A smokey, hearty chili that lends itself to all kinds of vegetables. Feel free to replace the sweet potato with butternut squash, or add green pepper or zucchini. I like to top it with a grilled corn and cilantro salad or just slices of fresh avocado.
Having a good vegan chili in my arsenal is super important when I’m looking for something warm, bold and comforting. This recipe is a mix of a few recipes I’ve made over the years and what I default to when I have it in my mind to make chili. I like to pack it with at least two types of beans and a combination of vegetables, although I always favor something like sweet potato.
This can also be made in a slow cooker. See below for instructions.
A lot of what I eat day-to-day involves some sort of “Bowl”. When I’m looking to get a good hit of vegetables or just use up the bits and pieces in the fridge, a Bowl is the answer. More than a salad, but with a similar amount of a commitment, Bowls are thrown together easily and often amount to much more than their individual elements.
The most important component of a Bowl is a kickass sauce or dressing. Once you have a good sauce, you’ve got something worth eating.
My Sunday food prep sessions have really upped my game in the kitchen throughout the week. Chopping and roasting vegetables and cooking grains seems like a simple enough practice, but the difference is major. It makes everything just a little bit easier and gives my brain a break in the post-work scramble to make something healthy for dinner.
If I’m smart enough to make a soup during my Sunday prep session, it usually makes a dinner for Fabian and I, plus a couple of lunches for me or portions to freeze in case of laziness. It’s the pureed (or chunky – depending on the week) dish that keeps giving.
These are representative of my annual negotiation with a warm weather Australian Christmas. Most days in December are too hot to bake – but without baking, Love Actually, and Buble’s Christmas crooning – what else is there to get me in the mood?
Malls are stressful, the post office tries one’s patience, and every women’s magazine is telling you to avoid canapés, load up on crudités and choose low-fat turkey breast (no skin!) over ham to avoid that holiday bloat!
My response is simple: butter, molasses and brown sugar. I seek solace and holiday cheer in the kitchen and bake like there’s a freaking blizzard outside.
Boldly spiced and chewy, these are my ultimate festive cookies. They taste like Christmas, even if it doesn’t totally feel like Christmas.
I feel fairly at ease attempting the basics in the kitchen – sautéing, roasting, chopping, boiling, broiling. I’ve got those on lock.
And then there are other kitchen endeavors that I’ve learned to avoid. Pastry, for example, is not something I’m down with on a regular basis. Nor is deep-frying or preserving.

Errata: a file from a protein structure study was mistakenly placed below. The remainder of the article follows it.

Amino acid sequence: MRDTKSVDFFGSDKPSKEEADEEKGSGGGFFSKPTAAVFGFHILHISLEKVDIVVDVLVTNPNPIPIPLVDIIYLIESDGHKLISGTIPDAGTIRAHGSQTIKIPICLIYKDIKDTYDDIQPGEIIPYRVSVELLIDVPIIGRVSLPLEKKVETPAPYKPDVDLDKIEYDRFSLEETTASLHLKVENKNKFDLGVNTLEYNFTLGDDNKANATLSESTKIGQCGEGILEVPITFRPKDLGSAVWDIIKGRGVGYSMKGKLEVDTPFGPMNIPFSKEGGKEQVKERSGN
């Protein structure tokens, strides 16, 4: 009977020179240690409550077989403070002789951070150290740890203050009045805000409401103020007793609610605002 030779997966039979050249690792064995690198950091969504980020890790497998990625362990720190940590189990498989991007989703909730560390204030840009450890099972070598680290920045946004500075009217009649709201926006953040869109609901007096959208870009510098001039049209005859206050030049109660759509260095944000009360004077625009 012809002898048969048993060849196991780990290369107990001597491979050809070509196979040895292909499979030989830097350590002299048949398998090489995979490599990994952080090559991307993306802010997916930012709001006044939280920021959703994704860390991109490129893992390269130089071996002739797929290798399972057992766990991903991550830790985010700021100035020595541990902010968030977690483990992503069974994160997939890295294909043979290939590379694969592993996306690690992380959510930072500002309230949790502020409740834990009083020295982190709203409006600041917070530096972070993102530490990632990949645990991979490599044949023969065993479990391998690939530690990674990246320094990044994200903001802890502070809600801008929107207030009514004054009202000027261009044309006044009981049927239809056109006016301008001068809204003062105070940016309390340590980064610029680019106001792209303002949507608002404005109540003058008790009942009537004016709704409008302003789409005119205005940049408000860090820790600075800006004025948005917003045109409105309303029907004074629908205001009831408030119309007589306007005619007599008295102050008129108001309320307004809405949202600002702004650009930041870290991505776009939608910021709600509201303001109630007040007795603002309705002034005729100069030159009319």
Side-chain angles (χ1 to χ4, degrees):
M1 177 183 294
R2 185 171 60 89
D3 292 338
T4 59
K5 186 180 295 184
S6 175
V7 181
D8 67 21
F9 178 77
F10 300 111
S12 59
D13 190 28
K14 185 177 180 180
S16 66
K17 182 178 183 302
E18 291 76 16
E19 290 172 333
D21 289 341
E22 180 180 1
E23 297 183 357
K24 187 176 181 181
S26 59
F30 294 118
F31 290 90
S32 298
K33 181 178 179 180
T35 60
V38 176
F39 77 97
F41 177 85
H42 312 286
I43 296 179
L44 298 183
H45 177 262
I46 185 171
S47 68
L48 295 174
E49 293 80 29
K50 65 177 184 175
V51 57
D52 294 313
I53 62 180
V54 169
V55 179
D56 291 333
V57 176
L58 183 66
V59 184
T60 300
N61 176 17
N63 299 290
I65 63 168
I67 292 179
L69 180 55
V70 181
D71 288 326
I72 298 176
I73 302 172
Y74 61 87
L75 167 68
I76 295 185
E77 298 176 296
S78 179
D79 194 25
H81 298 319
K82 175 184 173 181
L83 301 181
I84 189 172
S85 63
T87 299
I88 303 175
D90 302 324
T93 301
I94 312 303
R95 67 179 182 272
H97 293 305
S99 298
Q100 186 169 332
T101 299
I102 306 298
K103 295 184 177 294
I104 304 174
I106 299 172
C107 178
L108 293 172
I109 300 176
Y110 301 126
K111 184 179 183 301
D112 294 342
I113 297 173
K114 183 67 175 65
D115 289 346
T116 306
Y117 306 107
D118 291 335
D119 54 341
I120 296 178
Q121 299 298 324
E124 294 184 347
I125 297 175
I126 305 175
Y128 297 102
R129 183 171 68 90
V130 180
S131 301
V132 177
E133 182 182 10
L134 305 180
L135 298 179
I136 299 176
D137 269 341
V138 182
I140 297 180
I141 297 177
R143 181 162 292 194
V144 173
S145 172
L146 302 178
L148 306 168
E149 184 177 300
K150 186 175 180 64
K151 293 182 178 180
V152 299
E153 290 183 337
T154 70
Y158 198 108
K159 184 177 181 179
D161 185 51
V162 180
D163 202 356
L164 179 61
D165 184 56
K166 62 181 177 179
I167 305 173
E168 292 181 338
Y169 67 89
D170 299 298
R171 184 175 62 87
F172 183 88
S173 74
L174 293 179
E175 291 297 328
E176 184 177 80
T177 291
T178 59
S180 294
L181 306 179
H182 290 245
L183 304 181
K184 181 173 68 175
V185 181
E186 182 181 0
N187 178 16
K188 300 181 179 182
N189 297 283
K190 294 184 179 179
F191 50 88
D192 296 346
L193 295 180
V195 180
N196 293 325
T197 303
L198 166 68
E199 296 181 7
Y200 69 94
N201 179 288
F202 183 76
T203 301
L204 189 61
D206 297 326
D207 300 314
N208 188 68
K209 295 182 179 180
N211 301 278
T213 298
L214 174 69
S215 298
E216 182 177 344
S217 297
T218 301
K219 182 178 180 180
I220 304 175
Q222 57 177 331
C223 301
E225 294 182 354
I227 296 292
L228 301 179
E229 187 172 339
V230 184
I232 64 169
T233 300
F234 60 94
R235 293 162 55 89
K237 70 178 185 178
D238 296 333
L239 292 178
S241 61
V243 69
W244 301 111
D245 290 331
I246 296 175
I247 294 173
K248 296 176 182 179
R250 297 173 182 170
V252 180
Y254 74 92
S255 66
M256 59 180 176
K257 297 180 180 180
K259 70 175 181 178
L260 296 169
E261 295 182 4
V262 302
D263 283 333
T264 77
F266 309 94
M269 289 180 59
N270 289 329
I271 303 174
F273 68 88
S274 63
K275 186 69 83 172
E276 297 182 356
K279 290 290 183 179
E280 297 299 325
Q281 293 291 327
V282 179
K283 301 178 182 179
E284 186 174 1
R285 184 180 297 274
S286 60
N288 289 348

Normally something like making one’s own cheese seems like dicey territory, but yogurt cheese – or labneh – is where it’s at for us novices. All that’s involved is a little stirring and a bit of patience.
Labneh is almost like a Middle Eastern cream cheese, spreadable, creamy and a little tart. And super easy to make.
This recipe was inspired by Killer Poboys in New Orleans. I was reading their most recent menu (because that’s something I do in my spare time) and was instantly excited by their vegan option. Each individual ingredient was original and all together it sounded like a sandwich I could totally get on board with.
I think that’s what I love about vegan and vegetarian cooking so much – it encourages a different level of creativity, inevitably making vegetables taste more interesting and satisfying.
Now, a po’boy is really just a sandwich. But in New Orleans it’s a sandwich on a fresh pillowy baguette. It’s almost certainly one of those things that people claim cannot be replicated outside of the city due to the water – like bagels in New York or sourdough in San Francisco, I tend to believe these dough-related myths.
I’ve been a dedicated – and admittedly uncool – brown-bagger for as many years as I’ve been working a full time job. More than just the limited food options nearby, I bring my lunch to eat healthy and stretch my paycheck.
This is the sort of dish that makes it easy to bring your lunch to work. Quick to make, packed with toasty sesame and warm chili flavors, and effortlessly vegan. It’s all about making meals play double duty – you know, cook once, eat twice.
I made this soba noodle dish after a Sunday shopping excursion when I returned home ravenous. I whacked it together in a few hasty minutes and gobbled it up even quicker.